by Jo Coppola
Journaling is like going home. We always have this place to come back to, to check in. To introduce a situation and spend the time to write how this is impacting us. We can divulge in details that we don’t have to feel judged by. It is our thoughts, our words, our feelings coming through. Sometimes we are not looking for a resolution, but merely to hear what we think. Our own reactions. Our own feedback. Everyone has an opinion when we talk about ourselves. That is the natural condition of communication with each other. We share, we receive. It seems to work that way in our ability to share our thoughts with others. With journaling, we write, we share, we read. We continue to process as only we can do, and we begin by listening to our own voice, on paper. It is a sacred part of our inner feelings, to be able to put thoughts into words.
Through journaling, we get a sense of how deeply we feel about certain things. Emotions have a way of making us think things through a little differently when we’re writing about them rather than talking about them with another person. There is nothing wrong with talking to someone else, but it’s good to put on paper what that "self talk" looks like when we journal.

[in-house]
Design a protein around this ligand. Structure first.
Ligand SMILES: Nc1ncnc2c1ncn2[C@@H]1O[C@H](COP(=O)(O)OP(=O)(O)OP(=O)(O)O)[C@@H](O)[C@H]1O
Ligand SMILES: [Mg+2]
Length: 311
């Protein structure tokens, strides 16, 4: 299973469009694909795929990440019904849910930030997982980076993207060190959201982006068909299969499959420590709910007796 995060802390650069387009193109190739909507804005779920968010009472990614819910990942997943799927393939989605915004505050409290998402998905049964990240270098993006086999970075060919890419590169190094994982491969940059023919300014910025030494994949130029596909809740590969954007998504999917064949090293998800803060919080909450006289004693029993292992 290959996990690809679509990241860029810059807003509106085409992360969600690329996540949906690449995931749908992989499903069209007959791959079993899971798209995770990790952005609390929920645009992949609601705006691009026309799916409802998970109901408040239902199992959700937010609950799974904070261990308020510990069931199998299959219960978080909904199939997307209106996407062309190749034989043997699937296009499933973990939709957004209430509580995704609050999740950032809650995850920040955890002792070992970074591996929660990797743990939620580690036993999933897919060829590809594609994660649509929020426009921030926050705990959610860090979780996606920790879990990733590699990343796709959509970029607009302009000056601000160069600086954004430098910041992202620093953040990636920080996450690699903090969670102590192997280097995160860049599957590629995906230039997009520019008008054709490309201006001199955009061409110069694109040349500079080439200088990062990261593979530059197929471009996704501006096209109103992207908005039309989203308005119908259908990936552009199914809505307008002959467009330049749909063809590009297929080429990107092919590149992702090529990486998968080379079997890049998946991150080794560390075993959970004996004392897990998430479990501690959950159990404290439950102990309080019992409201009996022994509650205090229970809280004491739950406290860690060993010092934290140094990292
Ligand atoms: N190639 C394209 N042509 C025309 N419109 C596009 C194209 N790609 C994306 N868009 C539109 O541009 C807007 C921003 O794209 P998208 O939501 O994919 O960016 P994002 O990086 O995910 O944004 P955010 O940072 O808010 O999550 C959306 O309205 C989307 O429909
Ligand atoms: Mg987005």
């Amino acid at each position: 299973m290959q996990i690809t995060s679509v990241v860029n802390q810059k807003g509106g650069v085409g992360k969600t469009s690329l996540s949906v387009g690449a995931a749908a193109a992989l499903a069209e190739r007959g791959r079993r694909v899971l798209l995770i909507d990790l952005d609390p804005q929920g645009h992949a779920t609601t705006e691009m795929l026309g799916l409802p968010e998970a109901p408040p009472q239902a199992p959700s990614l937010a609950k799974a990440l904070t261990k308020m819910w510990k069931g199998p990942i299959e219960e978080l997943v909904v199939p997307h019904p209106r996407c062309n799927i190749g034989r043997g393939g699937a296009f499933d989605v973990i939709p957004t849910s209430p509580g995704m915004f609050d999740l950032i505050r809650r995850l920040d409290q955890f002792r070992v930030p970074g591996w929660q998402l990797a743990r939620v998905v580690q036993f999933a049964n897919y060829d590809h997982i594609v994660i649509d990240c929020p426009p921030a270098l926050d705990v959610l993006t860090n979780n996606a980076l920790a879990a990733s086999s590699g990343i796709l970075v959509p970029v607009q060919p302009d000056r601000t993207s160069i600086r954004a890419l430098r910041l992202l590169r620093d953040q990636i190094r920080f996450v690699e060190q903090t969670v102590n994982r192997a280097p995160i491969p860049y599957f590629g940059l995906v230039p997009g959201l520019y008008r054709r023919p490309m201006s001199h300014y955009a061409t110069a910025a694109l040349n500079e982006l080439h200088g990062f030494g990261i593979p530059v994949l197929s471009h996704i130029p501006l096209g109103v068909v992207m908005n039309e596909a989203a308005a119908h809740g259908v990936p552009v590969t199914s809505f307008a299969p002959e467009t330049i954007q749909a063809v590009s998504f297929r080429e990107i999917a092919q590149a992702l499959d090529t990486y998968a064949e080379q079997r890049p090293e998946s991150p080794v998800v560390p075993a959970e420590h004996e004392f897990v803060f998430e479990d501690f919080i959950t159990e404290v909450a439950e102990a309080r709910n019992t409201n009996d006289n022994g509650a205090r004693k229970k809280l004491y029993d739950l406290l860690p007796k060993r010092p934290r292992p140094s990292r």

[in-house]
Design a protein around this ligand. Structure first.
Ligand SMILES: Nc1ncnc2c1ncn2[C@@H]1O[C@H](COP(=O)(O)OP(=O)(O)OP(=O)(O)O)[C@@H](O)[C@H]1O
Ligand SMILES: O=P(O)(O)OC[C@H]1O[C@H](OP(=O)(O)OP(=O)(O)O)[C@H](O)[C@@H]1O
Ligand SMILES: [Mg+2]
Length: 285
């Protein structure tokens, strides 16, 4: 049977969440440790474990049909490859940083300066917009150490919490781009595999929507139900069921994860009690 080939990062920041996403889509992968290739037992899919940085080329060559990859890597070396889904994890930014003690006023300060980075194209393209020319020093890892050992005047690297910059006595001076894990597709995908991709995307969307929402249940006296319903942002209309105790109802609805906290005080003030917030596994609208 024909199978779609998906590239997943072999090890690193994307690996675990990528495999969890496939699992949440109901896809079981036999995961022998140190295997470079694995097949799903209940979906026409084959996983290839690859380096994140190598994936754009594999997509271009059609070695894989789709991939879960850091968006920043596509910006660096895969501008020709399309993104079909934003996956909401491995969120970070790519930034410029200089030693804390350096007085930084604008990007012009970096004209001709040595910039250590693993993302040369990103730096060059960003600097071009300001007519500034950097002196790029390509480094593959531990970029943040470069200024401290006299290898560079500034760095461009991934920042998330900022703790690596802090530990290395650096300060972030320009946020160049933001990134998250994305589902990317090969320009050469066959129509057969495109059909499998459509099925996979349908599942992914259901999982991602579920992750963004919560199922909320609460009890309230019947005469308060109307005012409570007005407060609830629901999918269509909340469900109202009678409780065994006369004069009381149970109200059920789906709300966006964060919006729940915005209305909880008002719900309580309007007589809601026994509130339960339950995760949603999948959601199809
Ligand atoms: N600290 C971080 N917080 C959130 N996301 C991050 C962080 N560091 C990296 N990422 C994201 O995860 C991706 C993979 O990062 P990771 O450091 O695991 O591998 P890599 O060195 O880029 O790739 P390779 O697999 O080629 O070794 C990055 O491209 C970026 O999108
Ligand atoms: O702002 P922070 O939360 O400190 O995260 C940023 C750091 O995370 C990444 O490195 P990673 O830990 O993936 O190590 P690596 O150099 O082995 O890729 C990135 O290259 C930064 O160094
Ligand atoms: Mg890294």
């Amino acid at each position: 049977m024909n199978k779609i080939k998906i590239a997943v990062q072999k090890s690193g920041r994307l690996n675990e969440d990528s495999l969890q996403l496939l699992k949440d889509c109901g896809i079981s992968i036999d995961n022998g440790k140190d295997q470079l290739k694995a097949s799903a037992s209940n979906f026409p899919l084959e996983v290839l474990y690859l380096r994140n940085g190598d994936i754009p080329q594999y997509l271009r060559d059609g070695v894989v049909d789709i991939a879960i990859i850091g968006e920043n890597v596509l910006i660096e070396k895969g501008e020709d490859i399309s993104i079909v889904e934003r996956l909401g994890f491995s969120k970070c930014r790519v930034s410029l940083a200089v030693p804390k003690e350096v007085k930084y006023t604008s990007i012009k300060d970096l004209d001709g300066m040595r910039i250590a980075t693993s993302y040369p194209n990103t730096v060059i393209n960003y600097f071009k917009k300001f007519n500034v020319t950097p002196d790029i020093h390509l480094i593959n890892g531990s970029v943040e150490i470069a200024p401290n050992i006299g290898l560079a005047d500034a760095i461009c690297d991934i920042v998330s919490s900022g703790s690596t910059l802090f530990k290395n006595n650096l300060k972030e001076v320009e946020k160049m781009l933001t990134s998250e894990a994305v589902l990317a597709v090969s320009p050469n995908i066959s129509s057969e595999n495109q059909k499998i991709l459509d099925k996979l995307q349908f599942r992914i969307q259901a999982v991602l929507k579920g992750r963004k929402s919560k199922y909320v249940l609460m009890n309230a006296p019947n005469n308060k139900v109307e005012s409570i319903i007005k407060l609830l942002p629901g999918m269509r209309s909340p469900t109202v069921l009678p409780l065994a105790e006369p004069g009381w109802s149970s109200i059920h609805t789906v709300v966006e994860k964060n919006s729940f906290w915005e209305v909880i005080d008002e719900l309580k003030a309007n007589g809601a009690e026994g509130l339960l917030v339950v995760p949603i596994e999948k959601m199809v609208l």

Journaling is the friend we can always count on, the knowledge that no matter the time, the mood, or the situation, we are always free to share our deepest thoughts we are involved in, with ourselves. There are people who cannot sleep through the night, waking with thoughts that occupy a space in their minds that they are not able to turn off. Journaling is a place to put thoughts, share the feelings we are connected to, and clarify the deepest concerns that trouble the mind in the middle of the night. It is like going to the therapist and unleashing the noise that disturbs the equilibrium of two worlds. People carry their journals with them through the day as if it were their best friend, because any time in the day to day, we may need to stop and reflect. These are also our words,not connected to the illusions of life that may prevent us from making sense of the meaning of our individual lives. We get to author that book, the one we write, the stories we tell, and only with our pen, or our keyboard. Journaling becomes the go to, and without any direct conclusion to be concerned about, there is no bias with our words because those very words are describing the emotional part of the system of our beliefs and expectations that make us, us. We are therefore free to keep those words, and everything they represent to ourselves.
"Only You Can Write Your Own Story!"